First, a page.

“Basements,” said the guard, with heavy sarcastic emphasis. He turns to the man to his right, an older man, long past fed up with the conversation. “You have business in our country about basements?” It was time for Grey to fall back on the cover story. “I am not here on business. I am meeting an elderly couple in the countryside. They are passionate hunters, and we will be hunting your famous Caucasian snowcock. As well as of course quail and pheasant.”

“So you are on holiday,” askes the guard. “Holiday, now, after the brutal crackdown of the Russians, you are here to shoot birds on holiday.”

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Andrea in the Far East: Night One

Intense silence

As she walked in the room

Her black robes trailing

Sister of the moon

Stevie Nicks

Andrea got off the second leg of the flight to Seoul around 14:30 on Tuesday, military time. She had quasi-slept, faded somewhere into her subconscious, for an hour and a little. Andrea was not a heavy explorer of her subconscious, more like she knew it was there. On the flight, up there under an ocean of ozone, black window spiders jousted with a velvet gloved countess and bunches of green grapes for supremacy of the space. That was all fine, she was essentially sober, Mr. Brown had been rendered comatose by hour one, and as she rolled into customs she felt, if not exactly happy, at least ready. Ready for the industry conference and its banalities, ready for the Lotte Hotel downtown with its wall of kimchi options at breakfast, ready, even, for a puleun or two. Maybe. We’ll just have to see.

The conference “event” is set to kick off at 8 Wednesday morning, and Andrea had no intention of being on time. Events, by and large, are well planned and poorly designed. They are programmed to run and be completed, and the narrative arc conception is, well, bad. The Seoul event would be no different. “An event should be eventful,” someone once told here, and Andrea had held on to that guy like a tailsman. And, sometimes when the event lacks eventfulness, well, you gotta inject a little of that yourself. She giggled at the thought; the possibilities were many. She got game, our girl. Watch the f*** out boys.

Why don’t you ask him what’s going on?

Why don’t you ask him if he’s going away?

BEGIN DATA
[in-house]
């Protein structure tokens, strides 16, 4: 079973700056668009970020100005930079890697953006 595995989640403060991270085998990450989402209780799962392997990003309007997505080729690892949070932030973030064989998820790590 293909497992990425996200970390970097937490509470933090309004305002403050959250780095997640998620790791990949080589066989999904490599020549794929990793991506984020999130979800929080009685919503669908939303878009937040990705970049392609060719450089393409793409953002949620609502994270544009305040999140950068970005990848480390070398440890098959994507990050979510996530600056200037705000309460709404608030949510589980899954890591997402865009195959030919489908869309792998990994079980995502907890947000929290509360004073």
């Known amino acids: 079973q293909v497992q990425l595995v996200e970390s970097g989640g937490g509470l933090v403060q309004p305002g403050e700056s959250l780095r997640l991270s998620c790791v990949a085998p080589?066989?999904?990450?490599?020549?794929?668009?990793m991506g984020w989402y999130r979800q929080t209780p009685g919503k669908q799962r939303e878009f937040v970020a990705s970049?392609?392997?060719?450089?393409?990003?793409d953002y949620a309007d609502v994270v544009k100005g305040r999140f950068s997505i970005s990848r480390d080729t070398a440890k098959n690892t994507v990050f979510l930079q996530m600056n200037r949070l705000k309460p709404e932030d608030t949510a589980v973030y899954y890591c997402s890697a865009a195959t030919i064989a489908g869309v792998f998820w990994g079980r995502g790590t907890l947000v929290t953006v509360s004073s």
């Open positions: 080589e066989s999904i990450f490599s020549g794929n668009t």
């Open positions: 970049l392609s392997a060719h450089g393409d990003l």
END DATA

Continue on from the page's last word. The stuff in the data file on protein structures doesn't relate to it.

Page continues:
Why don’t you tell me what’s going on?

Lindsey Buckingham

Jump cut on account of a lazy writer. Sorry Andrea, you just lost several hours. That’s the breaks baby.

10:47 PM, Andrea is on the STREET. Can’t learn it in the office, gotta learn it on the STREET. Monsieur Puleun 1 is strolling with a feathered friend on the boulavard. Site of a protest from earlier in the day that Andrea missed. Another peanut tantrum? Korean scandels are unrivaled in their bizarre and byzantine nature. And, the assassin chick of the brother of the NK head dude wore an LOL shirt. So 2017. Check the video. Check the record/ check the guy’s track record. (Le) homo sapien sapiens, them’s bizarre. Puleun 1 sees Andrea; she sees him. Opportunity presents itself–Andrea, she needs a token, a takeaway, a reminder that she was here at all.  At the “event” site no doubt volunteers are cross-stressing before cross-dressing. Could not care less—that’s all paid for by the company. Event spaces are super permeable. So is the puleun. Andrea swings into action.

“My friend, do you know how to get to Sungnyemun?”

“Yes I do. Go with me?”

Andrea pondered. On the one hand, well, you know. Street guy? Seriously? And on the other, well, she is on vacation. A. B, she has her needs. Not what you are thinking brother. Andrea’s needs are a little more, well, esoteric. For lack of a better word.

“For a little while. Let’s walk.” Andrea slips her arm under his and feels him thrill to her touch. Hooking, hooking is easy. She’s a natural. It’s pretty clear.

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Andrea Flies to Seoul, South Korea

5C105D1B-5CAA-4FA7-B455-35E91B1ADB53She’s got the Eye of Fatima/ on the wall of her motel room.

Camper Van Beethoven

The plane eased into its docking point, 15 minutes late. Andrea wasn’t fretting; she’d been around a bit and knew that things sometimes worked. Other times, well they didn’t.

She was not on the run, not exactly anyway. Nonetheless, the 27 hour trip from Buenos Aries to Seoul via Atlanta would put half a world of distance between her and M. Azur. Welcome distance for Andrea, as the formerly desultory attentions of her blue friend had recently taken a turn for the more incessant. In short, he was calling her daily, one thin pretext after another. “Everything’s thin,” she mused, and M. Azur could thin paint. A classy guy who makes decisions and implements is what she needed, not some milquetoast beta-male in the medical tubing industry.  For Christ’s sake already. So Seoul beckoned, and the plane, the plane was late.

Andrea scratched her nose, adjusted her glasses. The turnaround crew would need 20, 25 minutes minimum to turn the plane over for the flight. A quick scan of her messages showed three new bleats from her would-be paramour. Pretext, text, contex—still a no. She could handle herself, could Andrea. “Many apologies, I have been so busy,” she texted. “Dinner meeting is not possible this week. Tubing sales are up—talk again.” M.Azur would be a blue mist in no time. Ground staff opened pre-boarding, and Andrea, zoned in section 4, made a lateral move into zone 3 to make sure her carry-on had the room it needed. “Who’s better than me?”

Andrea is settled into her seat, 14A, a window seat. Bottle of water, headphones and a sleeping mask. Structured correctly, a plane flight can be made to feel like an undersea journey. All it requires is a little imagination. Read more